Evaluating the efficacy of allopurinol for the treatment of cutaneous leishmaniasis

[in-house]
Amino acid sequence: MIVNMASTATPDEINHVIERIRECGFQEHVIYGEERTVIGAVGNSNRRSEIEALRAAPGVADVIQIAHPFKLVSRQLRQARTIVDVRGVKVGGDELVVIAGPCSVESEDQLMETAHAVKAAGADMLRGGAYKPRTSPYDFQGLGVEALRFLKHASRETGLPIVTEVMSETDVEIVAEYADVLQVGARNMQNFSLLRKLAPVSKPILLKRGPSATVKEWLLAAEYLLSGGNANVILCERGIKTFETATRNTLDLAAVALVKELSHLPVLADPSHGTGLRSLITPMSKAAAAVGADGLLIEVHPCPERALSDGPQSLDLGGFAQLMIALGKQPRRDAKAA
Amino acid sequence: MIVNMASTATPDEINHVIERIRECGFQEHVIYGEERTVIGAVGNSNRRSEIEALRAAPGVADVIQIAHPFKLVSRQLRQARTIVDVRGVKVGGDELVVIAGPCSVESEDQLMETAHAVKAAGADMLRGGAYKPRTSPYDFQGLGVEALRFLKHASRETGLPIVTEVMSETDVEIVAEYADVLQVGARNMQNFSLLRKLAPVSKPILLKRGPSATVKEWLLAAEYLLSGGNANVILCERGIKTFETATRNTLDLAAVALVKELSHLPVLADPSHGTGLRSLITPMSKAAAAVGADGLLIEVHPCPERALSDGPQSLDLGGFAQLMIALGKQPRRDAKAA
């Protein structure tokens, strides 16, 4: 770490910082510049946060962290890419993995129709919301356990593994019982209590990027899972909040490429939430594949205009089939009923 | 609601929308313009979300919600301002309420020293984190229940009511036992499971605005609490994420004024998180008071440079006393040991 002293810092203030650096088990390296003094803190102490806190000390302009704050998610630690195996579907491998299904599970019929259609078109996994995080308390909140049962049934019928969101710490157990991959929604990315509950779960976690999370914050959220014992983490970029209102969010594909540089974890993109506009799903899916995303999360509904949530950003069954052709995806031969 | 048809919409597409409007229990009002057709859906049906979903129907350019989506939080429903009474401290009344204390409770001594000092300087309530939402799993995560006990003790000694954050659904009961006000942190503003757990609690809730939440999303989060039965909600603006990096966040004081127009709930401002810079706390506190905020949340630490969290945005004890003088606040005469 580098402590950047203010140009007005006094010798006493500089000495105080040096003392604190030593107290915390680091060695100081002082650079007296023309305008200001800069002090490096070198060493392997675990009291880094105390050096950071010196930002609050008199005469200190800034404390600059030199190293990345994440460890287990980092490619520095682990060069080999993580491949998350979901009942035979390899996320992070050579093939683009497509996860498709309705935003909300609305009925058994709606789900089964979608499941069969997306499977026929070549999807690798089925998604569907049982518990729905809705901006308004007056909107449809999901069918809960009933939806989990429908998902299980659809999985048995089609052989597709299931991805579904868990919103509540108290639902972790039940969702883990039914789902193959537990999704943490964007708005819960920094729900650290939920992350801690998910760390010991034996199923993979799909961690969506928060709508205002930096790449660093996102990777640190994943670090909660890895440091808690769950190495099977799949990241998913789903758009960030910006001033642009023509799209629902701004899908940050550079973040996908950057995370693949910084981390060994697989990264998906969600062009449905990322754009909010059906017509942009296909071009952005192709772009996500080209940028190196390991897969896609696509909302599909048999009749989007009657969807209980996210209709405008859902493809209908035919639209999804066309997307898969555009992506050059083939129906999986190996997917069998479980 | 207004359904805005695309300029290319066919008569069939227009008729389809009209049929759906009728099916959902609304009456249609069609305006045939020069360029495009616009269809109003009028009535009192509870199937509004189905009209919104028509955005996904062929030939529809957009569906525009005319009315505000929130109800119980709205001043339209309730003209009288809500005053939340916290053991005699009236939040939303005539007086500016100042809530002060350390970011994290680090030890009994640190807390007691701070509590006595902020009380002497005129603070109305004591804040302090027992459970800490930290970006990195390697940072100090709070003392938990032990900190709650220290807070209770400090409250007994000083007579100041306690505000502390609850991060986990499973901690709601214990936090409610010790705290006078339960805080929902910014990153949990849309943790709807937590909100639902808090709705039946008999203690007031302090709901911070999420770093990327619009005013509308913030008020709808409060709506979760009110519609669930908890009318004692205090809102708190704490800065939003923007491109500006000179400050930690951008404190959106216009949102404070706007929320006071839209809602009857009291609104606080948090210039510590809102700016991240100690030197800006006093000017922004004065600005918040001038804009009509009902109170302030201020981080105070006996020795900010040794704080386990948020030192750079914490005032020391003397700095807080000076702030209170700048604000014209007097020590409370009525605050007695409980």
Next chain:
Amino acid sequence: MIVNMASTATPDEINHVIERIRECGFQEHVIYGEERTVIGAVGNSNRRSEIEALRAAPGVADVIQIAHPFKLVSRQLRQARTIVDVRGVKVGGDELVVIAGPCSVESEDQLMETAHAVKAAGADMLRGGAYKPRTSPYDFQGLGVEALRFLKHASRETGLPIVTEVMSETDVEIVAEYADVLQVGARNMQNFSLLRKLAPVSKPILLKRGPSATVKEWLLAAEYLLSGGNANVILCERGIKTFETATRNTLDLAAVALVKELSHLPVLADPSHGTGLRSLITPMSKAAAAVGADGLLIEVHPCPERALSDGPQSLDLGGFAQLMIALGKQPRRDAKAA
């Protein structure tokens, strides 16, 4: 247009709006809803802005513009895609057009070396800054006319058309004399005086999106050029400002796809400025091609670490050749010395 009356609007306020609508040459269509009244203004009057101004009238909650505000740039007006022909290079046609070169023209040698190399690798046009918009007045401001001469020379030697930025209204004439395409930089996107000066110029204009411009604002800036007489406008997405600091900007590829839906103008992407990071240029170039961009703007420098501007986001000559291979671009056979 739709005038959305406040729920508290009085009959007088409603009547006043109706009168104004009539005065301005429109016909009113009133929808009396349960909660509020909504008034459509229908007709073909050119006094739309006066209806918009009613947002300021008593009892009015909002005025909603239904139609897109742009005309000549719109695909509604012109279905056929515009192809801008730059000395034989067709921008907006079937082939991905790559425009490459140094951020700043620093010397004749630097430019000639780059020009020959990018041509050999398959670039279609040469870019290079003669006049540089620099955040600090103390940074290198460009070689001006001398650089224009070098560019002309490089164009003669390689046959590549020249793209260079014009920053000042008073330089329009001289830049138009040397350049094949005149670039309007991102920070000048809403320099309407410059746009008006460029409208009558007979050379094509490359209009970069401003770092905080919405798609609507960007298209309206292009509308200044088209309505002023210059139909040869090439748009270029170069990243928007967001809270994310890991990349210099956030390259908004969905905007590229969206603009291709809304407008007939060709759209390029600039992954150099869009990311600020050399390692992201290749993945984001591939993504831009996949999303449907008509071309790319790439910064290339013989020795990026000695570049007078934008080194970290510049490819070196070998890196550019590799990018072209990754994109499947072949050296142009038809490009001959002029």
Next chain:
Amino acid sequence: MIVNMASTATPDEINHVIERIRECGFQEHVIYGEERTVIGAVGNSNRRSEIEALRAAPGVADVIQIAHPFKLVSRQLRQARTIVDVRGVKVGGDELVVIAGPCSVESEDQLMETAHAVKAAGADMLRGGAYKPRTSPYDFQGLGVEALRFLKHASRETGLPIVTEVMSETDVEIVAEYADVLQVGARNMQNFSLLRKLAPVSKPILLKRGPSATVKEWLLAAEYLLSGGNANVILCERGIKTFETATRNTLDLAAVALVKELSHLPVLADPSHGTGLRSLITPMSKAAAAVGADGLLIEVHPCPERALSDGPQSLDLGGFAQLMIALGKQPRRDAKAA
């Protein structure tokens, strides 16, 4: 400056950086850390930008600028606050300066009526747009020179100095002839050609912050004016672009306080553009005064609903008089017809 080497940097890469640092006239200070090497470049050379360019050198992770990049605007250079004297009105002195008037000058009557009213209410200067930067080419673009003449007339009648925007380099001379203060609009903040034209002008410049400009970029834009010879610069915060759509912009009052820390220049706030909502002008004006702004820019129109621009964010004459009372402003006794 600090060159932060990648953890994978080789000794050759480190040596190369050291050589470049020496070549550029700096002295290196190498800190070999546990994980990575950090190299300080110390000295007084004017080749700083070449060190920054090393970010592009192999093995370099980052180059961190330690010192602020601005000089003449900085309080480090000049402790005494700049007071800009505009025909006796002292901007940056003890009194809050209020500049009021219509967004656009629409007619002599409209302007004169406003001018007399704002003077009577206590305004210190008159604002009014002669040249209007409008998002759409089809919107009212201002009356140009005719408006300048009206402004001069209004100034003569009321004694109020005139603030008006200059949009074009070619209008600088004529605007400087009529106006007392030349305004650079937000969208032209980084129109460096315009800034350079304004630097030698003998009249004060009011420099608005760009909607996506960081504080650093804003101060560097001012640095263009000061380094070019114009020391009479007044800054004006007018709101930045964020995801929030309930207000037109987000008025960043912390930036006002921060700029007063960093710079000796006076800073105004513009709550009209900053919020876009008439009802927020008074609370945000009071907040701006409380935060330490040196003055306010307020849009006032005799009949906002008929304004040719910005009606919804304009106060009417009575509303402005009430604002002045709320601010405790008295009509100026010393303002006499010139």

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This study was performed in Corte de Pedra, an area of L. braziliensis braziliensis transmission located 240 km southeast of Salvador, the capital of the state of Bahia in Brazil. This open controlled trial included 34 patients, aged 12 to 45 years, with leishmania-positive skin test and a maximum of three ulcerated lesions (with a minimum lesion diameter of 10 mm and a maximum diameter of 50 mm) who had received no previous treatment. Exclusion criteria included chronic disease, use of other drugs, history of allergy to allopurinol, pregnancy, breast feeding, or forms of leishmaniasis other than cutaneous. Informed consent was obtained from all subjects after the nature of the procedures had been fully explained to them.Randomly selected patients received 20 mg/kg of allopurinol orally, three times a day, or 10 mg/kg of intravenous antimoniate of meglumine, once a day. Both patient groups used the drugs for a period of 20 days. A clinical history was collected and a physical examination was performed on all patients before initiating the treatment. Lesions were photographed and biopsied, and the tissue was used for histopathologic study and inoculation in hamsters and appropriate culture media. Patients were re-examined on days 10 and 20 and at monthly intervals for 1 year following the beginning of treatment. Blood samples for serologic and biochemical analysis(measurements of serum uric acid, urea, creatinine, and transaminases) were collected at days 0, 10, and 22 following the beginning of treatment.The definition of therapeutic failure included incompletion of the treatment protocol, use of a treatment different from the protocol, lesions not healed 3 months after the beginning of treatment, or relapse or development of new cutaneous or mucosal lesions caused by leishmaniasis within 1 year of treatment.The exact Fischer test was used to compare the treatment results between the two patient groups. Student's t-test was used to compare the age of the patients and the duration of the illness. The Mann-Whitney test was used to compare the diameter of the lesions at day 0 and 3 months after treatment completion in the two groups, and the Kruskal-Wallis test was used to compare the number of lesions per patient and their localization.

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